Soundtracks: Writing and Music

Soundtracks: Writing and Music

Main Points
• Music can be a great help and a hindrance to writing.
• Music directly taps into emotions, helping get into the right mood and evoke those feelings in scene.
• Music can be distracting, waste time finding the ‘right’ song, and can mask weaker writing.
• To overcome these, try listening to well-known/non-lyrical music, using silence, and rereading sections without music.

Introduction
Music can be an amazing tool to help write. But it can also be amazingly distracting. When I first started listening to music to help me with my work, it was at school. It took me a while to learn how to listen to music without it getting in the way of completing my homework but once I learned how, music became an amazing tool not only to sharpen my focus but also to help me think in new ways.

Finding the ‘Write’ Mood Building soundtracks
Fiction is essentially an emotional journey taking the character from one place to the other while overcoming or at least facing different odds along the way. For me, sometimes it can be difficult to tap into the emotions I need in the story. Some days I just feel lazy, or I’m not particularly romantic, or action oriented. Music can immediately transport me into the emotion I need to write, or in the least, help me get started. One particular member of my writing group told me she builds individual playlists for each book or each section of a book. Then she just shuffles through the songs when she needs inspiration.

While I haven’t done the same thing, almost every book I’ve written has a soundtrack associated with it. Certain songs, or even whole soundtracks, fit into my general theme and instantly tap me into the emotions I need. For Nefarious, my book about vampires, I needed dark and luxurious music. Since romance features so heavily in the book, I needed plenty of romantic and forlorn songs as well. When the book got actiony, I put on appropriately epic music.

In Forgotten of Avalon, I needed some mysterious tunes, like those in film noir. However, the book’s tone becomes much more introspective and about healing partway through, so during those sections I tuned to two main songs that emoted those feelings.

Sometimes songs have inspired an entire book. I have a steampunk happy story I work on from time to time that was wholly inspired by two songs and the pictures associated with them on YouTube (listed below). From that, I built an entire world to capture the emotions evoked therein. It was such a longing romantic innocent feeling that I wanted to give it shape and color in something meaningful.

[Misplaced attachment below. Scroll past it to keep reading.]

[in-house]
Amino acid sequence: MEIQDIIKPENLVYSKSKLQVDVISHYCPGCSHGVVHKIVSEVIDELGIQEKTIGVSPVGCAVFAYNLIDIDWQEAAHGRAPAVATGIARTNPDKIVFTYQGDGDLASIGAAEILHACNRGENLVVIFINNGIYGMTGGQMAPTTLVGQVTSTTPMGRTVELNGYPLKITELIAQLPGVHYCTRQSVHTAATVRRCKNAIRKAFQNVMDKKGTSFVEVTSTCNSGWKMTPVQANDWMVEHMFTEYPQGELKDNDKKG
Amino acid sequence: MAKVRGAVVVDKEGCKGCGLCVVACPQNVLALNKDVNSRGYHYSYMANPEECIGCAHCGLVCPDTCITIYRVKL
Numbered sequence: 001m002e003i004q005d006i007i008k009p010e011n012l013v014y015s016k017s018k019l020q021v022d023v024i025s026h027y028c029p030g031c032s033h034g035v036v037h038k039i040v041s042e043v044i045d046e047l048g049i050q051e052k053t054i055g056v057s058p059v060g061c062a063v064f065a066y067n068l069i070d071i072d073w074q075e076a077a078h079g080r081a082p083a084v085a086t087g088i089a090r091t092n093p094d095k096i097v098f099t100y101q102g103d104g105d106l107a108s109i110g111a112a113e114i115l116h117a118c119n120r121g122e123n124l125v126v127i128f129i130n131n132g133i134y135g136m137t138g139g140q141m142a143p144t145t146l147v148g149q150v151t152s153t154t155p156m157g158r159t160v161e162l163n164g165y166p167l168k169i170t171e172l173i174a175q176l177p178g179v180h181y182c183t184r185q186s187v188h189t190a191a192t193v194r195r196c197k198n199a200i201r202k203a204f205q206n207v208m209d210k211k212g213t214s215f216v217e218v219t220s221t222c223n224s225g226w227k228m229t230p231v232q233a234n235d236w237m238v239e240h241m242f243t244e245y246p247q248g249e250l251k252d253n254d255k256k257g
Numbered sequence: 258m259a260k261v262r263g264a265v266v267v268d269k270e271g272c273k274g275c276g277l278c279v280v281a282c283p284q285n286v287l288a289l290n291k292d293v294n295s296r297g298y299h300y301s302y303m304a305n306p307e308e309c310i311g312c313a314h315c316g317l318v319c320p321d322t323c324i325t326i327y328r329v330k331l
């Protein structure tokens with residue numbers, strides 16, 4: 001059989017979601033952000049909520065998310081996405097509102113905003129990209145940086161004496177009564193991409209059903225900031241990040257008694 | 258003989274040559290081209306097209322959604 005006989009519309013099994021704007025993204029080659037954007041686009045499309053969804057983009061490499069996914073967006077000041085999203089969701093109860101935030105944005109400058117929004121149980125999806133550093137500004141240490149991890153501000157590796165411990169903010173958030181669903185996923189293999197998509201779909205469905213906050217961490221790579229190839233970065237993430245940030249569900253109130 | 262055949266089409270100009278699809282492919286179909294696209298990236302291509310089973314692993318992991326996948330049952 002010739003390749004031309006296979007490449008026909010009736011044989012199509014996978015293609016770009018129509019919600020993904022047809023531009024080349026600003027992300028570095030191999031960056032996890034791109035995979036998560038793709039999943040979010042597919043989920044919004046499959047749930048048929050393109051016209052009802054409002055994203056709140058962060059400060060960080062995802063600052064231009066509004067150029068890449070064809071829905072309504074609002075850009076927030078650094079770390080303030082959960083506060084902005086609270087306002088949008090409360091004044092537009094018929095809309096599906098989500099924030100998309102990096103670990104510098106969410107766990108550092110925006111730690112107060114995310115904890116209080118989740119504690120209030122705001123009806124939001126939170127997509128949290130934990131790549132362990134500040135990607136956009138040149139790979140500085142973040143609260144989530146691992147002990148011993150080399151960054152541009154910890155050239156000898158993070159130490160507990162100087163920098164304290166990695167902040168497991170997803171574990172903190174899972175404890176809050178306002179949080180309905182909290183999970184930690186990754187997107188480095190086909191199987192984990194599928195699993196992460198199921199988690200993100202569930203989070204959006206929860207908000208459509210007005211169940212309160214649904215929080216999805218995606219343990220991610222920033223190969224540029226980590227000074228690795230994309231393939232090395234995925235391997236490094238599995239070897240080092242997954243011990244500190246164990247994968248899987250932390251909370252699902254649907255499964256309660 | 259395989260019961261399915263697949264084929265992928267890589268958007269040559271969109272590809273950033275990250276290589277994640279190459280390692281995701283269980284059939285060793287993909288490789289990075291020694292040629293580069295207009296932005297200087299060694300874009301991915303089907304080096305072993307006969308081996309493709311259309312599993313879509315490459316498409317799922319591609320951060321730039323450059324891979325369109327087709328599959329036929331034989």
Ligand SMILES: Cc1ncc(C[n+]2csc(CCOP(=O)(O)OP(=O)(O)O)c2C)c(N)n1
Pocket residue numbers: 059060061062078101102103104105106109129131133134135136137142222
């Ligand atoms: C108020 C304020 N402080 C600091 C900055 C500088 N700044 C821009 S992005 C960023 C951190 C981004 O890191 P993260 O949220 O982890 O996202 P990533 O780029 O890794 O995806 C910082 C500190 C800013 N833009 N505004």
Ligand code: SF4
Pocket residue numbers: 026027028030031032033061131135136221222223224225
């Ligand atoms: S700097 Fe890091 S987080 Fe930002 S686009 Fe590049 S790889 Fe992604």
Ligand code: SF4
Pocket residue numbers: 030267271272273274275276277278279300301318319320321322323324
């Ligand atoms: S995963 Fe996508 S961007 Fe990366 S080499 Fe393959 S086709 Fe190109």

Pandora is a great way to find new music that I later associate with books. YouTube autoplay has also helped me to discover new songs.

The Dangers Within Getting distracted
Sometimes listening to music can be problematic, however. For one, music can be distracting. This was my first problem when listening to tunes while doing homework. I would get too engrossed in the song and stop paying attention to my work. What I’ve found helps is listening to songs I already know, songs I’ve listened to a million times, or songs that don’t have words. Some books I’ve written have one primary song that I listen to dozens or even hundreds of times while I write. It might seem boring, but if the song gets the job done, I don’t like to change it.

Another potential danger is getting distracted by finding the right song. I’ve wasted huge amounts of time trying to get in the right writing mood, including finding the right mood music. Even now while I was writing this blog post, I kept trying to find the appropriate song to express my desired feelings. Eventually, I realized what I was doing and so settled on silence. And silence can absolutely be your friend if you’re wasting time picking the right song.